After being stood down from her job in 2020 due to the pandemic, Hannah had the chance to re-evaluate her work-life balance after almost a decade in full-time work.
Nine-to-five is rarely in a journalists’ repertoire, but after working weekends and evenings, Hannah decided she would reduce her hours to a four-day workweek when she found a new job.
Now, both her productivity and wellbeing are up, she says.
“During the time I was stood down, I realised there was more to life than working all the time,” she said.
“I realised I could achieve a few hobbies, such as helping my partner on his family’s wool farm in the NSW Southern Tablelands and taking on some creative freelance projects.
“Working a four-day week has not only boosted my wellbeing, but I am more productive, with more energy to use on the days I am working.”
The ACT Legislative Assembly’s Standing Committee on Economy and Gender and Economic Equality is calling for submissions into the possibility of moving to a four-day workweek, releasing a new discussion paper on the issue this week.
The discussion paper notes that reductions in working hours have occurred throughout history, including Europe moving from 10 to 16 hour working days to just eight in the 19th century.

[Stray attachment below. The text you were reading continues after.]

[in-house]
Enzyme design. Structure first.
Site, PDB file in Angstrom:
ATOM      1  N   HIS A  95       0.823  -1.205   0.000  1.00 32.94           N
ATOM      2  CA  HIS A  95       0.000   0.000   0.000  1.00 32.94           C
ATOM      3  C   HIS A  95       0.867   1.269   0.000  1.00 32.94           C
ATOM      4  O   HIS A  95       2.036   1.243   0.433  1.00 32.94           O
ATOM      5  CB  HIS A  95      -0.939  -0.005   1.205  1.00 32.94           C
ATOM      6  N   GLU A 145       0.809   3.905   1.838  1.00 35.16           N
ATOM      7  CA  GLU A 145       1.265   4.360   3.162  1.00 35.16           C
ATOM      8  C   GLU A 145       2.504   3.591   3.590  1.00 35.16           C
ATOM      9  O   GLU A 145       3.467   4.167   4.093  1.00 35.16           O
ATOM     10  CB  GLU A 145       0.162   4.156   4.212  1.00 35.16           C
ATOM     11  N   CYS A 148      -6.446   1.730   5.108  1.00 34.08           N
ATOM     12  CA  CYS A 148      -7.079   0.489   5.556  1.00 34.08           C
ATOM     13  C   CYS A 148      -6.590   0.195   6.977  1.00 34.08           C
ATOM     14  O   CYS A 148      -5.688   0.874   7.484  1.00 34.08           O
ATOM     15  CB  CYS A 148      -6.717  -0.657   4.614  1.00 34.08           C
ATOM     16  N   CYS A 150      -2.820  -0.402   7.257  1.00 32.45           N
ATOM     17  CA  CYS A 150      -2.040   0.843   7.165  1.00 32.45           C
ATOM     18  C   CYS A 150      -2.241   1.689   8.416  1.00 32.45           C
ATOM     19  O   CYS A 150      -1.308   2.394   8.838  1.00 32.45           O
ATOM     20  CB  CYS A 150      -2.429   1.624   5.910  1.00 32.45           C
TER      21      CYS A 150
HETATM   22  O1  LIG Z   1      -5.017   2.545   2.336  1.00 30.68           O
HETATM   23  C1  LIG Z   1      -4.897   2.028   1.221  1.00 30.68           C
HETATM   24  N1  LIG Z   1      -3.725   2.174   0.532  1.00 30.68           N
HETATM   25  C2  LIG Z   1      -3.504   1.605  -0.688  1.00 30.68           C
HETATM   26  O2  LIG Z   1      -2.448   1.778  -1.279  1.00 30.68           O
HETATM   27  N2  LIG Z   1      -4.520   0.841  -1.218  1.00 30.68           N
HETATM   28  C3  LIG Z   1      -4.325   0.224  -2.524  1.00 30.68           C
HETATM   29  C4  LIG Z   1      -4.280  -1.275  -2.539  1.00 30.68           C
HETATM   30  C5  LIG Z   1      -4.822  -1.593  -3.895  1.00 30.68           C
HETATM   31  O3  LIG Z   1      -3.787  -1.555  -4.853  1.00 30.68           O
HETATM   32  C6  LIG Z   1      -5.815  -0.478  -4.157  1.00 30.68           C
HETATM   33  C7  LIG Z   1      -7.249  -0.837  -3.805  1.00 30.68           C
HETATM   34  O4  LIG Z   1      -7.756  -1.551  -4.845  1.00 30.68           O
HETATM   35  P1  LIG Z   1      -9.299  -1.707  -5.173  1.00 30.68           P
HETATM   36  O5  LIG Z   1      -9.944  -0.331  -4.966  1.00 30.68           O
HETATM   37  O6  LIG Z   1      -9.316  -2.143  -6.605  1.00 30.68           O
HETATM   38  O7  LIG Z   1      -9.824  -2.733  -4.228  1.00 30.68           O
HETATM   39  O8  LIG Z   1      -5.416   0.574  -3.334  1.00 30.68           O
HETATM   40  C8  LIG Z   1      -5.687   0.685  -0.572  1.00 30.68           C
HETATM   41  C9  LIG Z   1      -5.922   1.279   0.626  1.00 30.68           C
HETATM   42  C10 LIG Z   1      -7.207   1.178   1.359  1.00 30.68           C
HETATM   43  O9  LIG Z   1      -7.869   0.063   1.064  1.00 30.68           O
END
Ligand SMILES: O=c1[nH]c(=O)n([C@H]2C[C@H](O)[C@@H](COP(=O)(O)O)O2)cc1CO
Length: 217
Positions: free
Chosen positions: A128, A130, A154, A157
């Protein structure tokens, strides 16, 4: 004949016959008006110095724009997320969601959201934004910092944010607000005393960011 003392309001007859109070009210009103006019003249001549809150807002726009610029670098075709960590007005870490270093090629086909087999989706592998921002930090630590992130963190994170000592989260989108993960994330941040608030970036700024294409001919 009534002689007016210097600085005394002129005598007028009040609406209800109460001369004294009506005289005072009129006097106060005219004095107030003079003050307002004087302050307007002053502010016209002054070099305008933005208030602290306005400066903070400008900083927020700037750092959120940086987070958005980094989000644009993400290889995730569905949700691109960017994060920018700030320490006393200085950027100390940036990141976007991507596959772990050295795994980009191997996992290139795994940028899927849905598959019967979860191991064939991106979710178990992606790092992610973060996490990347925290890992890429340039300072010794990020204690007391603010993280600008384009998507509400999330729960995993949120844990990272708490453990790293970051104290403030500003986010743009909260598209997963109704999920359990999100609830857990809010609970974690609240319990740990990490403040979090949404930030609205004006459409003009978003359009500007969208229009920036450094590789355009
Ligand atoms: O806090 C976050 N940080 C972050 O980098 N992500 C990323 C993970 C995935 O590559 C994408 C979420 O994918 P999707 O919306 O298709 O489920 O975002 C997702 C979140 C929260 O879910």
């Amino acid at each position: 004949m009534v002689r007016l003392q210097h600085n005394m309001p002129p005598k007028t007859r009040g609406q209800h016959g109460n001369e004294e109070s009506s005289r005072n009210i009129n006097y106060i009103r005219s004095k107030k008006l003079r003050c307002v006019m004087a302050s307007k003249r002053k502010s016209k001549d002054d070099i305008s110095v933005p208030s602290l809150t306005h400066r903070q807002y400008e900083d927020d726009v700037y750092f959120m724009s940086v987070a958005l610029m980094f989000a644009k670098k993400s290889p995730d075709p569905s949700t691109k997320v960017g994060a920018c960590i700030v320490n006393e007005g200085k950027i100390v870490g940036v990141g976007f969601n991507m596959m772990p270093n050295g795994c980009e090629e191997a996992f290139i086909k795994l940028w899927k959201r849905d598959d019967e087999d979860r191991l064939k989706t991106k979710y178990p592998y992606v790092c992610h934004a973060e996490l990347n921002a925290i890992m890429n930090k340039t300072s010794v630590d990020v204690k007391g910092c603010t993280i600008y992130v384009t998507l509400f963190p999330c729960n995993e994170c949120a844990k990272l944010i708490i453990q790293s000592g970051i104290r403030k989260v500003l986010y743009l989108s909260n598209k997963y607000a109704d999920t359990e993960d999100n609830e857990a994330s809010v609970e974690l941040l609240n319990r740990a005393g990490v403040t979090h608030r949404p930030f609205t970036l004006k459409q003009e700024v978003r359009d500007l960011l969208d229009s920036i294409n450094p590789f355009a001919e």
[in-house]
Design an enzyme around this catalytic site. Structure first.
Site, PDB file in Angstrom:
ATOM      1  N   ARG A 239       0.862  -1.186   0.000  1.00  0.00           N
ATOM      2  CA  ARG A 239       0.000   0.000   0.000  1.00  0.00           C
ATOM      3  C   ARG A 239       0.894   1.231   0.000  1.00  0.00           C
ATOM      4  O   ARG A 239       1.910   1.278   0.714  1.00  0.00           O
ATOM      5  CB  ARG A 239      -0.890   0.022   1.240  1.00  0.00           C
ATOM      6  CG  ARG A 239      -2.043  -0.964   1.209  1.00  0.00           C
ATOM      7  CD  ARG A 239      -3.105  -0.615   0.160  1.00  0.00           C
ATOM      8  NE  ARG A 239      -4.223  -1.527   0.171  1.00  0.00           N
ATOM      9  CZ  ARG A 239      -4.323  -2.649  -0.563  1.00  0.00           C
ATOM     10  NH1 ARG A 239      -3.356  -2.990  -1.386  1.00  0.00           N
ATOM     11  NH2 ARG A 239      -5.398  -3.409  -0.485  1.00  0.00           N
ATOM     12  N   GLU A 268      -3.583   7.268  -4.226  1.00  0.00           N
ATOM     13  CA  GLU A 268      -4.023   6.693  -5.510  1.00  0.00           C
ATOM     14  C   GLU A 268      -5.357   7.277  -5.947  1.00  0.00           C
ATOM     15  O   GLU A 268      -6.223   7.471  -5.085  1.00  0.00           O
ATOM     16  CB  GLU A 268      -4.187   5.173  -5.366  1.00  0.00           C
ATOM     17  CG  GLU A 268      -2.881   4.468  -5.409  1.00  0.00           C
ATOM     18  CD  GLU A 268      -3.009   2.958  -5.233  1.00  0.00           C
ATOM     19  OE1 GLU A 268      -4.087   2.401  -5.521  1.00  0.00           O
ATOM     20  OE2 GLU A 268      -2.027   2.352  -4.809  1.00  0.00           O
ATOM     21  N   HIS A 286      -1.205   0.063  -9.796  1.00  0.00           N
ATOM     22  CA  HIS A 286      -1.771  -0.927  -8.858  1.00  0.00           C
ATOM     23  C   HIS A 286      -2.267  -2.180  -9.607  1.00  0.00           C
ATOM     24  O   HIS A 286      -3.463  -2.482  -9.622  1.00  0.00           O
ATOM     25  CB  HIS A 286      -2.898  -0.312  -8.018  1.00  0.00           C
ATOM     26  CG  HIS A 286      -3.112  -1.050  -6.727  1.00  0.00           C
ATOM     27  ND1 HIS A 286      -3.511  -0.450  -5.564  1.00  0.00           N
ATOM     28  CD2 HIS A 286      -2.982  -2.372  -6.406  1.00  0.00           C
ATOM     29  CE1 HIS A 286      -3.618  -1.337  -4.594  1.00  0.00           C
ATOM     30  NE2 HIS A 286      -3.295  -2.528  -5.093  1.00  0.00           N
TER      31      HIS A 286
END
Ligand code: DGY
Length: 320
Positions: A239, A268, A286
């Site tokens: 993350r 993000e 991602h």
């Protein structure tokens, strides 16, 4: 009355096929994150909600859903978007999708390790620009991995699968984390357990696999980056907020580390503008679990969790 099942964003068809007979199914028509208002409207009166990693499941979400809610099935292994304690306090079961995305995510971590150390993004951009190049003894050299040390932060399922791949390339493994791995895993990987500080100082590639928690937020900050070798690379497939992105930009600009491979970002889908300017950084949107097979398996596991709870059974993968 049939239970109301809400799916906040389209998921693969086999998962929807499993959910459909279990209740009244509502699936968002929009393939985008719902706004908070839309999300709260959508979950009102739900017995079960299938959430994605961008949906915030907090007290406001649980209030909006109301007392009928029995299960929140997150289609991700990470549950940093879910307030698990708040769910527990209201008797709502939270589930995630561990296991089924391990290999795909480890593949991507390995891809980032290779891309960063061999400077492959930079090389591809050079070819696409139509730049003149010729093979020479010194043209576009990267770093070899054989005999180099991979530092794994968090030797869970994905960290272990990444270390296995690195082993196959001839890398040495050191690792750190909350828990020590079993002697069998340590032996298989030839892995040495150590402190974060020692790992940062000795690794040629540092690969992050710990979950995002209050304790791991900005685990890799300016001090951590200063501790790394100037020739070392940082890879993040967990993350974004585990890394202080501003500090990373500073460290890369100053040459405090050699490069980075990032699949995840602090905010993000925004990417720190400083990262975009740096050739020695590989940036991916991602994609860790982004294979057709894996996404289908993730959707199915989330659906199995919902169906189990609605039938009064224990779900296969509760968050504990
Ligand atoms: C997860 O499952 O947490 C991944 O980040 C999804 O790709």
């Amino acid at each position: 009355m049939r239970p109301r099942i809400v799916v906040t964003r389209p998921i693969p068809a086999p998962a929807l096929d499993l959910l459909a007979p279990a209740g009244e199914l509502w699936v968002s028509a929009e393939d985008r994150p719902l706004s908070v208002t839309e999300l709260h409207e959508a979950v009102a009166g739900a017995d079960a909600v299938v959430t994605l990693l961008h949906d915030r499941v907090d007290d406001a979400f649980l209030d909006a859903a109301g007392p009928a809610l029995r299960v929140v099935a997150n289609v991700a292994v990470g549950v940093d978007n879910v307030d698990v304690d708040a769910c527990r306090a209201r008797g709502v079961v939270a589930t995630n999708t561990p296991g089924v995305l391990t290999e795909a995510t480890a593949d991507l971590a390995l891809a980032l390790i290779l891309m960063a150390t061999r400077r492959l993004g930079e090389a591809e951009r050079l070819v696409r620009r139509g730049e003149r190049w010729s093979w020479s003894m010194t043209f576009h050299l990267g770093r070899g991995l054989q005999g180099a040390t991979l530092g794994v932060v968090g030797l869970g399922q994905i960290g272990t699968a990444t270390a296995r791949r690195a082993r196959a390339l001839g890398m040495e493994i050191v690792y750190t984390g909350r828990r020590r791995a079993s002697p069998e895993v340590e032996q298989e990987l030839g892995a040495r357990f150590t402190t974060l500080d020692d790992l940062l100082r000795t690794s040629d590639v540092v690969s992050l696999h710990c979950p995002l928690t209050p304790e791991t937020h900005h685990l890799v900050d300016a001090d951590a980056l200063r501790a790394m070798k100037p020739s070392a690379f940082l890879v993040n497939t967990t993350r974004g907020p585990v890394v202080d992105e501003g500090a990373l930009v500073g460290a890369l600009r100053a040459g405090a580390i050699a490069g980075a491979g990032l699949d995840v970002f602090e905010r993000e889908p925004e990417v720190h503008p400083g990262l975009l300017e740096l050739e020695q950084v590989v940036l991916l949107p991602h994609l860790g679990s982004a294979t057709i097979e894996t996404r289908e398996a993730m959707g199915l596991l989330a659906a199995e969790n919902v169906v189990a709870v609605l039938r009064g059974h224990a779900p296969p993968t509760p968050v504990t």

In Australia, the last significant milestone to reducing work time occurred 38 years ago when the Australia Conciliation and Arbitration Commission introduced the 38-hour week wage principle, the discussion paper says.
Productivity is also tied to the number of hours worked. Research from Stanford University indicates overwork leads to decreased output as employees become less efficient due to factors like stress and fatigue.
A Swedish study between 2015 and 2017 into shorter workweeks for nurses at a care home found those who only worked 6-hour days, five days a week, logged fewer sick hours, reported better health and mental wellbeing, and increased productivity in some areas by 85 per cent.
Chair Nicole Lawder said the Committee did not have a view on whether the ACT should move to a four-day workweek at this time, saying the benefits would have to be weighed against the possible economic impacts.
“Arguments may be anticipated on both sides of the question as to whether a four-day workweek is the future of the working week,” she said.
“On one hand, a negative view may see it as costly and unaffordable, difficult to implement in some industries and sectors, and unrealistic. On the other hand, there are arguments for working fewer hours.
“Some are economic; some are about health and wellbeing, environmental sustainability and stronger communities; [and] some have to do with equity and equality.”
Submissions close on Monday, 1 November 2021 and public hearings will be held across November and December this year.
Further information on the inquiry, including how to make a submission, is available here.